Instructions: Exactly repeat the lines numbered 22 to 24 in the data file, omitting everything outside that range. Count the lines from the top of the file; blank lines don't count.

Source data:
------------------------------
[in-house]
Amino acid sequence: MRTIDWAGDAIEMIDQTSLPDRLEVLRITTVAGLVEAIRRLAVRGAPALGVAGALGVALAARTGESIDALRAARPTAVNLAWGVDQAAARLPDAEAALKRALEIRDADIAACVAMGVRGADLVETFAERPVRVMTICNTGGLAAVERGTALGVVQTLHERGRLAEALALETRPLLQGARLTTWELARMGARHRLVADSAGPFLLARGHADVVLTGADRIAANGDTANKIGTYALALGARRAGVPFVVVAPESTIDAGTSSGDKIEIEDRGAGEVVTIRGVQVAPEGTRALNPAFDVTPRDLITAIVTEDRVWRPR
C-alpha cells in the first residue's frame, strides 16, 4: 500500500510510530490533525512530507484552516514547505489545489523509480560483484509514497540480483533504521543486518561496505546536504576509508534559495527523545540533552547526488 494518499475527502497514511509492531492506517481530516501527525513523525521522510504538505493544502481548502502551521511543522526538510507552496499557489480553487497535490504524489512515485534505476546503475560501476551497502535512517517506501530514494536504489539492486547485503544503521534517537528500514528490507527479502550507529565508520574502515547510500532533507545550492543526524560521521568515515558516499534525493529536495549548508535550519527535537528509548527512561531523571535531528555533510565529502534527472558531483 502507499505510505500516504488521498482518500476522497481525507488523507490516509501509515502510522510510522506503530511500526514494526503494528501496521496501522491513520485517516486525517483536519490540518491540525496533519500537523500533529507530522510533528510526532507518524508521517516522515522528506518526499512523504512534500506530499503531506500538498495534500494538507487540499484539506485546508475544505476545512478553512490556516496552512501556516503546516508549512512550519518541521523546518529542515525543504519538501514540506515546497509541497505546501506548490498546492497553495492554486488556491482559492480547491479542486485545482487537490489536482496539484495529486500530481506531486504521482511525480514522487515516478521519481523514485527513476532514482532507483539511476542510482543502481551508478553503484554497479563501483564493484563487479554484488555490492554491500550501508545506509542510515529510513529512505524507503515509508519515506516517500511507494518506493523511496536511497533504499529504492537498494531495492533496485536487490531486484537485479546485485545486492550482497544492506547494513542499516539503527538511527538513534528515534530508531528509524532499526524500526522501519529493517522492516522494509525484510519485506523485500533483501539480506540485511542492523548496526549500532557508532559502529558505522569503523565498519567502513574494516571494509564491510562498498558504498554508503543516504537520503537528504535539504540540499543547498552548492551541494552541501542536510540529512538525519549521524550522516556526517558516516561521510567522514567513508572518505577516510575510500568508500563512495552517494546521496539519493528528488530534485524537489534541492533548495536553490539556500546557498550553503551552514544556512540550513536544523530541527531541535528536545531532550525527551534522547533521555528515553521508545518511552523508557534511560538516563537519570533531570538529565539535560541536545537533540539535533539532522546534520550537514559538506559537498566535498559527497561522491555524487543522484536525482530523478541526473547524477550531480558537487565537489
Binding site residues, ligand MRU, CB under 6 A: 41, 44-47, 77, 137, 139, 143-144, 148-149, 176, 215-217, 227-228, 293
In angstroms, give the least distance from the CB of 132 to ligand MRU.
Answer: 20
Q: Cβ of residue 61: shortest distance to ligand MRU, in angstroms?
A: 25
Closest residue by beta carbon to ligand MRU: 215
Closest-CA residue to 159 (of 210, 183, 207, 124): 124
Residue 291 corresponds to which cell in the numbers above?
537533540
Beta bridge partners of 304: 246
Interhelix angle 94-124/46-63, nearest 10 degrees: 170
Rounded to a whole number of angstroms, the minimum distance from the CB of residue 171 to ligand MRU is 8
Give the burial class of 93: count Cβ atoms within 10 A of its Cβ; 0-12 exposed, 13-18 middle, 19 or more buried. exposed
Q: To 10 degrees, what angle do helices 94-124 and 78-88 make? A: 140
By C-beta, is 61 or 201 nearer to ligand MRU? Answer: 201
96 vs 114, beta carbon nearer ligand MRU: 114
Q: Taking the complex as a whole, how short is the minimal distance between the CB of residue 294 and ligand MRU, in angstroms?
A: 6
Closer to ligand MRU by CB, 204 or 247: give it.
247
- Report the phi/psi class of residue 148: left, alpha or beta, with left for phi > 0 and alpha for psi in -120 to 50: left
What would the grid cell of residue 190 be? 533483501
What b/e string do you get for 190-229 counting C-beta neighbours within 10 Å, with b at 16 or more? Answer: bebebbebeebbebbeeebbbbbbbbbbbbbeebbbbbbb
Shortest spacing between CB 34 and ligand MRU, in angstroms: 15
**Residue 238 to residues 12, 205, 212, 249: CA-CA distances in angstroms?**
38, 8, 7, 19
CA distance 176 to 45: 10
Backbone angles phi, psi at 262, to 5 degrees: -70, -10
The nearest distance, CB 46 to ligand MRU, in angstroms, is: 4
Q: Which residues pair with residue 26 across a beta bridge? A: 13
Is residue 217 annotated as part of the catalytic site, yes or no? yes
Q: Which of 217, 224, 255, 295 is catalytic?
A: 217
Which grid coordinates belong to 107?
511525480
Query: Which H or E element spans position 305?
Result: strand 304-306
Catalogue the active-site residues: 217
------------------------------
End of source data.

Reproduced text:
Closer to ligand MRU by CB, 204 or 247: give it.
247
- Report the phi/psi class of residue 148: left, alpha or beta, with left for phi > 0 and alpha for psi in -120 to 50: left